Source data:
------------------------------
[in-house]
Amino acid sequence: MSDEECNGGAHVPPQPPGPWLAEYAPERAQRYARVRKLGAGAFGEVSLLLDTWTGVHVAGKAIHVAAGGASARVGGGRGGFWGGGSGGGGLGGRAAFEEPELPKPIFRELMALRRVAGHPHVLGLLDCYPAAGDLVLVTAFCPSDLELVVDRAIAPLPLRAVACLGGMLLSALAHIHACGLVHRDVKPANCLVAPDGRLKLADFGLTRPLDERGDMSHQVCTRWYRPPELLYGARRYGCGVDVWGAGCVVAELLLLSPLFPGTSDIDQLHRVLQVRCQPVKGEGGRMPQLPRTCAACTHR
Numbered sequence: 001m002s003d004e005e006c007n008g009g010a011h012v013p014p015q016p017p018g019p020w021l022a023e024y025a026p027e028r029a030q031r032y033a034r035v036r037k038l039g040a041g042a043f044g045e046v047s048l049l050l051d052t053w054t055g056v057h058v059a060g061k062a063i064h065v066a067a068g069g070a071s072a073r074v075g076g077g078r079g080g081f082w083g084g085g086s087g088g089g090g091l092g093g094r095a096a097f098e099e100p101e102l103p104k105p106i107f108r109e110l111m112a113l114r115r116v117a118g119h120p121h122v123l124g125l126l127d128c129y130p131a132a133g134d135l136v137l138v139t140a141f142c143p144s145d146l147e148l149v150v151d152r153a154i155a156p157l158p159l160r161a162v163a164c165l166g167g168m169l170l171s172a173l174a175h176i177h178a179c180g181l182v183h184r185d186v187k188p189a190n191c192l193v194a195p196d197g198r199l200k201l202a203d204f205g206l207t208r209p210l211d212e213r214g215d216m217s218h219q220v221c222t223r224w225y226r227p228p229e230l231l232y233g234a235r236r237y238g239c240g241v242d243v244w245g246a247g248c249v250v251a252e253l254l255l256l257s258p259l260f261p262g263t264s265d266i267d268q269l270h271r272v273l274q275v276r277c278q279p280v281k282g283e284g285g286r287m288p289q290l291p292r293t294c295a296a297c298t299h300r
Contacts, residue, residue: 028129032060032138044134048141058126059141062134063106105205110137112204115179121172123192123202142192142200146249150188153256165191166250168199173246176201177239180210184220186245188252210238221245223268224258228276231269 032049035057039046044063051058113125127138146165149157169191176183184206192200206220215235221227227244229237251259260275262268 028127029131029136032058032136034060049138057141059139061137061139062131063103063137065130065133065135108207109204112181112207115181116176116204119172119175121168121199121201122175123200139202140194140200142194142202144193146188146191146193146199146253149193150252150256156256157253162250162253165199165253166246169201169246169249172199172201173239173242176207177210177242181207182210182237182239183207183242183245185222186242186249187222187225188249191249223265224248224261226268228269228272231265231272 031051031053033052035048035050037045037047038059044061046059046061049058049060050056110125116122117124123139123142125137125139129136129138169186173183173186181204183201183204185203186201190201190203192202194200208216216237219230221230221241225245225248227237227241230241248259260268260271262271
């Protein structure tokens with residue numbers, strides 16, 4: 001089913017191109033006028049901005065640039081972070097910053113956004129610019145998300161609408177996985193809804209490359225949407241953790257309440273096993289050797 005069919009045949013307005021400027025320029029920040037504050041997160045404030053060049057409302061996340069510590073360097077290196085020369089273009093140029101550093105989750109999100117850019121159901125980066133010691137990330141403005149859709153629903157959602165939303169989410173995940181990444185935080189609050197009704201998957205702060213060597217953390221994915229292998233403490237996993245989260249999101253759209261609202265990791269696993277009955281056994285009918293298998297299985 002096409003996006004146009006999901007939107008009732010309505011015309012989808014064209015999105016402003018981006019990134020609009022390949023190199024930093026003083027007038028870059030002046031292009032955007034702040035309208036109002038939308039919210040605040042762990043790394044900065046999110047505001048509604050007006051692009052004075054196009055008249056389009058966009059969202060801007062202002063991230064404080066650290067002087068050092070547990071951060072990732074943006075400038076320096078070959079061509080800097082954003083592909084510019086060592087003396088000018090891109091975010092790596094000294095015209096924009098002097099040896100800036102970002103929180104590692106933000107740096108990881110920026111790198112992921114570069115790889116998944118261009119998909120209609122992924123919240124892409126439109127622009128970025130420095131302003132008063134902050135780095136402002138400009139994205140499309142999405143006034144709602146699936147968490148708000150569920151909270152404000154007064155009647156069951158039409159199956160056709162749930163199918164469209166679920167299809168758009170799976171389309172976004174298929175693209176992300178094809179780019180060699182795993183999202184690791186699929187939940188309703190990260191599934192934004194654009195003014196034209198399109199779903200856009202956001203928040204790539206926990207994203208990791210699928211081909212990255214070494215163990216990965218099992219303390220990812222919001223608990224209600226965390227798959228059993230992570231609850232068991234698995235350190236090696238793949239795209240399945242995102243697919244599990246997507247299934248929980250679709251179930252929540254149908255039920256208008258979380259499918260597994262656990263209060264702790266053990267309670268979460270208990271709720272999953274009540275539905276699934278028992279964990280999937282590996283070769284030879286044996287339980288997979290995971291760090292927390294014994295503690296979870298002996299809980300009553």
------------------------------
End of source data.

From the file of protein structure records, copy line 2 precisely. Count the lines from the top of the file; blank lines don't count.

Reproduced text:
Amino acid sequence: MSDEECNGGAHVPPQPPGPWLAEYAPERAQRYARVRKLGAGAFGEVSLLLDTWTGVHVAGKAIHVAAGGASARVGGGRGGFWGGGSGGGGLGGRAAFEEPELPKPIFRELMALRRVAGHPHVLGLLDCYPAAGDLVLVTAFCPSDLELVVDRAIAPLPLRAVACLGGMLLSALAHIHACGLVHRDVKPANCLVAPDGRLKLADFGLTRPLDERGDMSHQVCTRWYRPPELLYGARRYGCGVDVWGAGCVVAELLLLSPLFPGTSDIDQLHRVLQVRCQPVKGEGGRMPQLPRTCAACTHR